The immediate effect was that Uzbekistan closed its borders, halted democratization, kept the West out, kept Russian soldiers along its borders, and allowed a classic post-Soviet autocrat to rule the country. for years. A man with whom Moscow could do business. Therefore, when a foreigner writes about the “Stans” of Central Asia (as this column often does), it behooves him to be very wise in speaking out loudly about human rights issues. man, as important as they are. Moscow’s preferred mode of destabilizing its former colonies begins by provoking conflicts, supposedly by defending human rights, generating separatism and intervening to “protect” one group or another. This is precisely what the Kremlin has done repeatedly in Ukraine to “protect” Russian speakers.
Faced with all this, local authorities in post-Soviet countries, frightened by the threat from the Kremlin, tend to treat things harshly and opaquely. Their bureaucracy and police forces tend to operate in old Soviet ways. The combination is highly combustible and easy to criticize by Western observers and Moscow’s hidden accomplices. We don’t yet know what exactly happened and why in Almaty, Kazakhstan, during the 2022 “Bloody January” riots, in which more than 200 people were killed. Why did peaceful protests suddenly turn violent? We may never know. But we know that Kazakh leader Tokayev had to call in Russian-controlled peacekeeping troops. He has since regretted it and now adopts a very anti-Moscow stance. In Uzbekistan too, we do not know exactly what happened during the Karakalpakstan riots of July 2022. An autonomous republic attached to Uzbekistan, a status inherited from the Soviet era, Karakalpakstan is a poor and landlocked region that is very dependent economically from Tashkent. Its leaders seemed to want to integrate into Uzbekistan but, when a law to this effect was tabled in Tashkent, Karakalpak riots broke out and turned bloody. The progression was eerily similar to what happened in Almaty.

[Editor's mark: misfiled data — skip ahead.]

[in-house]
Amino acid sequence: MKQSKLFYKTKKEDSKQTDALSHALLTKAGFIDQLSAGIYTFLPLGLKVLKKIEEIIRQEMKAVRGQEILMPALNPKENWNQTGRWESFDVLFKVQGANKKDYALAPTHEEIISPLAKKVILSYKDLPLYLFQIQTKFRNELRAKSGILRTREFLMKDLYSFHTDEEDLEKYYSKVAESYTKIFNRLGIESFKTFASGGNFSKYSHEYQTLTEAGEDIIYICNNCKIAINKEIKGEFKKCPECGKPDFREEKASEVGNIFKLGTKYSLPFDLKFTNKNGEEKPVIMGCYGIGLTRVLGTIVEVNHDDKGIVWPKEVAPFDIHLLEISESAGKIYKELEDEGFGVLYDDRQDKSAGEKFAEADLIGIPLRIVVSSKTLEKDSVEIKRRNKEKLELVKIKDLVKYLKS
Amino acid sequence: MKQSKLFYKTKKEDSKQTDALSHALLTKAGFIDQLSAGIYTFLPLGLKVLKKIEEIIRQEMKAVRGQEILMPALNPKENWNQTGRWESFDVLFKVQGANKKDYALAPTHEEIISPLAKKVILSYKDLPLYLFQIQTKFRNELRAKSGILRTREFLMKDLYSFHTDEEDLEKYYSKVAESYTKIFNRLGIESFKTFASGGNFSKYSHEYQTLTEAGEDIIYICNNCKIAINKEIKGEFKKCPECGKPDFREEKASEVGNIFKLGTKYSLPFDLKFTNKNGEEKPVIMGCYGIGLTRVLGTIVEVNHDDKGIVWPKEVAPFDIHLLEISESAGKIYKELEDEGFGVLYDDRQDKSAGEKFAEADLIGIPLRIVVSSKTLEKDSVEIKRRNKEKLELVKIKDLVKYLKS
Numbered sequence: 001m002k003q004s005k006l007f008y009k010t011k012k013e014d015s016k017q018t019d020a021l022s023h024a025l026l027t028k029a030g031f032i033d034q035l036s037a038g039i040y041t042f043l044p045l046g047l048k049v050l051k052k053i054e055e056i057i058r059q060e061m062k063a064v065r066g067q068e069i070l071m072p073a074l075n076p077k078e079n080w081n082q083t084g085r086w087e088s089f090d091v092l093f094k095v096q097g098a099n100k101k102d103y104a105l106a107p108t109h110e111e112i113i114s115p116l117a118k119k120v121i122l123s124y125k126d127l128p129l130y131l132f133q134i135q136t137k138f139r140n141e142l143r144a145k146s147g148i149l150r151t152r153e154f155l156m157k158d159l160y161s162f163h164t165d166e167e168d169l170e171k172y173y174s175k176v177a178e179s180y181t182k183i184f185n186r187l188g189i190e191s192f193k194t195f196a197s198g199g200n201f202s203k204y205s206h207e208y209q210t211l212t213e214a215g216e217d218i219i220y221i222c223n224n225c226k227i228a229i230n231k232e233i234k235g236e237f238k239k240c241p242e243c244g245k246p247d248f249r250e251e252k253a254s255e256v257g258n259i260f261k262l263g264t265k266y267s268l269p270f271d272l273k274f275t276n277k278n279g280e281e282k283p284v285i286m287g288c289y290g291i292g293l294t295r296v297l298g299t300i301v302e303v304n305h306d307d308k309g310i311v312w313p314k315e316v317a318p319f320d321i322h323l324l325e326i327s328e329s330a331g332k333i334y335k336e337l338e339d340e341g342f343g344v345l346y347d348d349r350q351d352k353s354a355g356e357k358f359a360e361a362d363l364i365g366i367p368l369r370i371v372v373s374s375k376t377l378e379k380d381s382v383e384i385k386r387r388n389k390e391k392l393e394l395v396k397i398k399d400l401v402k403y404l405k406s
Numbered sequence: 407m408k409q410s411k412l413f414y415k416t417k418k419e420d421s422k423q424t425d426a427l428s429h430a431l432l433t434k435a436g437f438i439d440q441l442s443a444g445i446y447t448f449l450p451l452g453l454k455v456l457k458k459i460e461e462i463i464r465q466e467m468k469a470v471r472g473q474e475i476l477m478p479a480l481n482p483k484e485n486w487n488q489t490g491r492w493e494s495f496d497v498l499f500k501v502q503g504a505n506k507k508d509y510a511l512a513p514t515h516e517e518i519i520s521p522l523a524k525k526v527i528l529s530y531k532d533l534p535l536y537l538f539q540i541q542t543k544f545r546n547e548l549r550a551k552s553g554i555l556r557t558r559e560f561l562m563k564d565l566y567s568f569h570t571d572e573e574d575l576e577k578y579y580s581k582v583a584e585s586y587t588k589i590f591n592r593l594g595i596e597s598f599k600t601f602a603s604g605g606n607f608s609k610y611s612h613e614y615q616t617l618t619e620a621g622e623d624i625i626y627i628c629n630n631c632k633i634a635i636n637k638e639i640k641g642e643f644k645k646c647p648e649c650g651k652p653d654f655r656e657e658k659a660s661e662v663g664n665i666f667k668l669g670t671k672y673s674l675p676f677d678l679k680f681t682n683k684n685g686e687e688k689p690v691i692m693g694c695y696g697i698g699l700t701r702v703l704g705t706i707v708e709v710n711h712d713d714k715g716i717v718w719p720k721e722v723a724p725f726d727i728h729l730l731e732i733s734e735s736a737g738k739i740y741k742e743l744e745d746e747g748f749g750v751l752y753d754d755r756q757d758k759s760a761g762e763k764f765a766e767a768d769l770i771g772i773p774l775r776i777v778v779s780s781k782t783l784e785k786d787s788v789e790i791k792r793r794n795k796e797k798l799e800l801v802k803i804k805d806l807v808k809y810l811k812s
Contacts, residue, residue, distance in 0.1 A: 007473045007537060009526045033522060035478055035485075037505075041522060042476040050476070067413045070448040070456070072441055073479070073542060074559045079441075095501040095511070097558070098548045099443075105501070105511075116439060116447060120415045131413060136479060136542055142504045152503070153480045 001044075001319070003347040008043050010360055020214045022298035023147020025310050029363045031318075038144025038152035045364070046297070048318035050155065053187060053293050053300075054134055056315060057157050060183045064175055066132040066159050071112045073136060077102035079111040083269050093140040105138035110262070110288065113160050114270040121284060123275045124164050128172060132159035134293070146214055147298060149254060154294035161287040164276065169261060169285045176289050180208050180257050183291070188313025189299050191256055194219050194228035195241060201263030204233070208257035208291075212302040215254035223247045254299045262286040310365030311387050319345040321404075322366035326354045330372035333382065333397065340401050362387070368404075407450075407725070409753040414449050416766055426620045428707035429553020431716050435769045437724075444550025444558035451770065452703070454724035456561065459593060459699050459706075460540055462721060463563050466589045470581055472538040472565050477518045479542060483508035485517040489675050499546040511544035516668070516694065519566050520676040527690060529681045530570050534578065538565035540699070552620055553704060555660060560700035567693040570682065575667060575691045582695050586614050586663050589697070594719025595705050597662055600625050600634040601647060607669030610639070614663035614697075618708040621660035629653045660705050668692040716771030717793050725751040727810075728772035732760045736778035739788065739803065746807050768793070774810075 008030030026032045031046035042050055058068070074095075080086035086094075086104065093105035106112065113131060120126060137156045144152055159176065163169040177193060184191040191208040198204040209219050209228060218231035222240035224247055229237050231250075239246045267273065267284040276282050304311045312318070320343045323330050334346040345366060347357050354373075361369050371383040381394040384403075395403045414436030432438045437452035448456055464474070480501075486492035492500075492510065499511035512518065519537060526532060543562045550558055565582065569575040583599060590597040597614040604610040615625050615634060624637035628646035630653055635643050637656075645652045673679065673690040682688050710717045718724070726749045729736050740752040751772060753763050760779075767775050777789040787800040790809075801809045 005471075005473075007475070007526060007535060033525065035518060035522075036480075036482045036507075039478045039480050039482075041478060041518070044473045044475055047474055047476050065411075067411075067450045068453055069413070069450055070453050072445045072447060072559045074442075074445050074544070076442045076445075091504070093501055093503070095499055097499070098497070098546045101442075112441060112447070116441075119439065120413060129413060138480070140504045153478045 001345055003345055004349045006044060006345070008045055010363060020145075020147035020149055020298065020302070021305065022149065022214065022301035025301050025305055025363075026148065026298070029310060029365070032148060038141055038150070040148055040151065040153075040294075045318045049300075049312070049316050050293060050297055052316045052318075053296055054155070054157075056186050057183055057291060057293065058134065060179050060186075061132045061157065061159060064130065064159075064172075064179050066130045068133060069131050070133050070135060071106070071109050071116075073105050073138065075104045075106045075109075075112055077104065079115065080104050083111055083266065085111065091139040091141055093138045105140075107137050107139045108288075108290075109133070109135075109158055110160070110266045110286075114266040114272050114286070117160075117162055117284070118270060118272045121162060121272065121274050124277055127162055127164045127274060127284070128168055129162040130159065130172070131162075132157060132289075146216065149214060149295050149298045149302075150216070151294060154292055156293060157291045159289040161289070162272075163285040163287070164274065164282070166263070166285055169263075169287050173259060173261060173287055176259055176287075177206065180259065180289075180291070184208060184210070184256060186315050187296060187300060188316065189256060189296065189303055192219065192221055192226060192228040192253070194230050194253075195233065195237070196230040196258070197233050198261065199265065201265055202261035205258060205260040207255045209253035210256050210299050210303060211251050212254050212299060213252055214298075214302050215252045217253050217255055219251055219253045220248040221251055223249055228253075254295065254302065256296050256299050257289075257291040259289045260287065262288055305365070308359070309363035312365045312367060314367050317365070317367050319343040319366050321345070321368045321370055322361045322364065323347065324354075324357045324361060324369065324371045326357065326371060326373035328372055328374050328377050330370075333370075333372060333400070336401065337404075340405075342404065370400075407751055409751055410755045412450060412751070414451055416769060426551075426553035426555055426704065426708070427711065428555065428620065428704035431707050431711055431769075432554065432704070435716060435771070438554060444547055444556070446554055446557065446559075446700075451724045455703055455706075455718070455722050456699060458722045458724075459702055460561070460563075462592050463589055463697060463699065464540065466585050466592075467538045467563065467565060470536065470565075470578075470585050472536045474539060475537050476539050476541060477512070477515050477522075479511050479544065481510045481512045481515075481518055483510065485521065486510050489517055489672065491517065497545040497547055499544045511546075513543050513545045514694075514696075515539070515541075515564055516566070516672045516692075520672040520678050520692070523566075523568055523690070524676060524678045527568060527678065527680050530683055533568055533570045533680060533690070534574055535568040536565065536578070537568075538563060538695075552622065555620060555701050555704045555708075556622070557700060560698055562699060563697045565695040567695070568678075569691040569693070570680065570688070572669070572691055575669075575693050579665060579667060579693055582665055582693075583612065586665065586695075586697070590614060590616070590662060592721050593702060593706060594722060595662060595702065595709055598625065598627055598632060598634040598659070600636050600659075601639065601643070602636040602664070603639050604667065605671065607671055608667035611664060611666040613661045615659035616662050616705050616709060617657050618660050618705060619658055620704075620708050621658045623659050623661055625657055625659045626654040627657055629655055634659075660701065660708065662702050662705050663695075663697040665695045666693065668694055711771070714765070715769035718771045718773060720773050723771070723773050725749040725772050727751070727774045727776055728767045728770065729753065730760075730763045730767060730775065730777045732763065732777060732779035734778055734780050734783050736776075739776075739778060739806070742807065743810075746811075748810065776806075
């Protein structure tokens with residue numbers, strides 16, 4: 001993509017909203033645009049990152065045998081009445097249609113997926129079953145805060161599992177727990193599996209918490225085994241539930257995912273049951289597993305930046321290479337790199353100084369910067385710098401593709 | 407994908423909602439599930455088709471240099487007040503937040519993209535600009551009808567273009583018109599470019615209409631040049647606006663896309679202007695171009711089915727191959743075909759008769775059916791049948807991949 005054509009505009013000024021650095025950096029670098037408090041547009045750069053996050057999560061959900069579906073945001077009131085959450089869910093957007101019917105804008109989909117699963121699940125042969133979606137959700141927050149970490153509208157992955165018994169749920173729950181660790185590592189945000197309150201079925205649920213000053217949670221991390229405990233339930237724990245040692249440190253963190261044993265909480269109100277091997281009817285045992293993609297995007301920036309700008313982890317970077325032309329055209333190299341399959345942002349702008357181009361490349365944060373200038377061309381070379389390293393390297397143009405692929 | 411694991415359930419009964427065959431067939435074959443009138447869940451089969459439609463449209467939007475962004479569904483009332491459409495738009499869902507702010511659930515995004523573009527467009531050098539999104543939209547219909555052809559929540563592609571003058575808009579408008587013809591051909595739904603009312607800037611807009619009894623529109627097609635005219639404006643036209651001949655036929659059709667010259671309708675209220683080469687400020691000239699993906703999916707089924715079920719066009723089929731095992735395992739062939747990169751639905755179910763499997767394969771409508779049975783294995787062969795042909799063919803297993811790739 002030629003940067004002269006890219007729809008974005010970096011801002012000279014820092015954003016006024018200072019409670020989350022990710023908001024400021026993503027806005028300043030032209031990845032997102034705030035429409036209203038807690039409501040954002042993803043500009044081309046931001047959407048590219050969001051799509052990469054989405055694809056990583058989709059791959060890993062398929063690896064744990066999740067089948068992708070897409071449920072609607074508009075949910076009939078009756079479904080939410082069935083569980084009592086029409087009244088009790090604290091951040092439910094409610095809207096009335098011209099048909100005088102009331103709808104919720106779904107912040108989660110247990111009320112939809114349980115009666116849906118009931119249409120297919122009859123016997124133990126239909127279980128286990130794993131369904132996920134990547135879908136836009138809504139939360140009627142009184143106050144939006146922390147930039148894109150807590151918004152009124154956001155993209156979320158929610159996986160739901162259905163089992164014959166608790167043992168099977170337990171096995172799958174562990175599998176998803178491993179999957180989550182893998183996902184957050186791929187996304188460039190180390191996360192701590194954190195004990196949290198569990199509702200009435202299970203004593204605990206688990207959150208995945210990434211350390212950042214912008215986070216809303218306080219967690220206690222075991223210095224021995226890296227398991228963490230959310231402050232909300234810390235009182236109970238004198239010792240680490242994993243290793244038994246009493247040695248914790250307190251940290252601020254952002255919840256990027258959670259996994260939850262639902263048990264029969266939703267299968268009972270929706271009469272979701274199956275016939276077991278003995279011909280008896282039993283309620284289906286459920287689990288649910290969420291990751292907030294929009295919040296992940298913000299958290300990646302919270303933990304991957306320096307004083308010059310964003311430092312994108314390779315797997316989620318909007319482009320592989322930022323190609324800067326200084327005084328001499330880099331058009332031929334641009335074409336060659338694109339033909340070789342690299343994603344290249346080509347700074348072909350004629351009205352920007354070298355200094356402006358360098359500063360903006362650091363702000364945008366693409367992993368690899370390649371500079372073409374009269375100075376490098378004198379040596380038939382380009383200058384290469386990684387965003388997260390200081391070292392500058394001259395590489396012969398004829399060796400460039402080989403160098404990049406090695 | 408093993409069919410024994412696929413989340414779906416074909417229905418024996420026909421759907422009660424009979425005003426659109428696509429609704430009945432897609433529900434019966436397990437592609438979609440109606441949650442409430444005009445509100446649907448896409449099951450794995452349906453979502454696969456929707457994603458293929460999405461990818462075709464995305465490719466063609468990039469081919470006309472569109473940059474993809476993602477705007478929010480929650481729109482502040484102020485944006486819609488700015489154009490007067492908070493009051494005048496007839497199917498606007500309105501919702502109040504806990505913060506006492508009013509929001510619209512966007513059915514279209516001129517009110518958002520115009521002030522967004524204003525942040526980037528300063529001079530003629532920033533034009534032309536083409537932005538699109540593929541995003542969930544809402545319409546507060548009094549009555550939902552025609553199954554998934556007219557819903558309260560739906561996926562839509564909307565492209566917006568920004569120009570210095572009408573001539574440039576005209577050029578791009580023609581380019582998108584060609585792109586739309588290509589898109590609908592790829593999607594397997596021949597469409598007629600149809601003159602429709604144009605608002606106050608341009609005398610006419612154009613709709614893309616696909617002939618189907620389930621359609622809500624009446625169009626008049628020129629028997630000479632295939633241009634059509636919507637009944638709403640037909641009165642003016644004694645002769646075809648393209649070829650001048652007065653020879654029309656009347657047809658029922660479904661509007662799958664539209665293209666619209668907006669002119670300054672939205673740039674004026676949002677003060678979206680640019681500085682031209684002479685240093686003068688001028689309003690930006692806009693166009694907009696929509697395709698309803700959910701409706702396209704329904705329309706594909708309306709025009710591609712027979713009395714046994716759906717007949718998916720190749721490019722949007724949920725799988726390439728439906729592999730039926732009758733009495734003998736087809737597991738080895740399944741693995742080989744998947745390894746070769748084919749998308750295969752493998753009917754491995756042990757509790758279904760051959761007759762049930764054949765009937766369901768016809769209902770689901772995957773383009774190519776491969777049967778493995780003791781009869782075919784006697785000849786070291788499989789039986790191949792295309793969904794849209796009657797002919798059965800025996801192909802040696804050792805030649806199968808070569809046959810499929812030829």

And then there are the countries furthest from Moscow, such as Serbia and, until recently, Bulgaria. After having shaken off the Ottoman “yoke” thanks to tsarist intervention, these countries persist in their sympathy for Russia as savior. In view of the events in Ukraine, Bulgarians have finally repented of their illusions and tend to favor European ties in recent times. But the Serbs still see themselves as persecuted Slavs, blind to the atrocities of their own war in the Balkans and those of today’s Russia, and seem ready to provoke provocations in Kosovo to give Moscow leverage against NATO. Ivana Stradner, a prominent commentator on the region now at the Foundation for Defense of Democracies, often writes about the Kremlin’s predations. Being of Serbian origin herself, she understands: she has warned for months against incitement against Kosovo.
Now she is to be right. It is high time for the West to understand the Kremlin’s overall tactics, their history and future, as well as the geostrategic scope of the threat.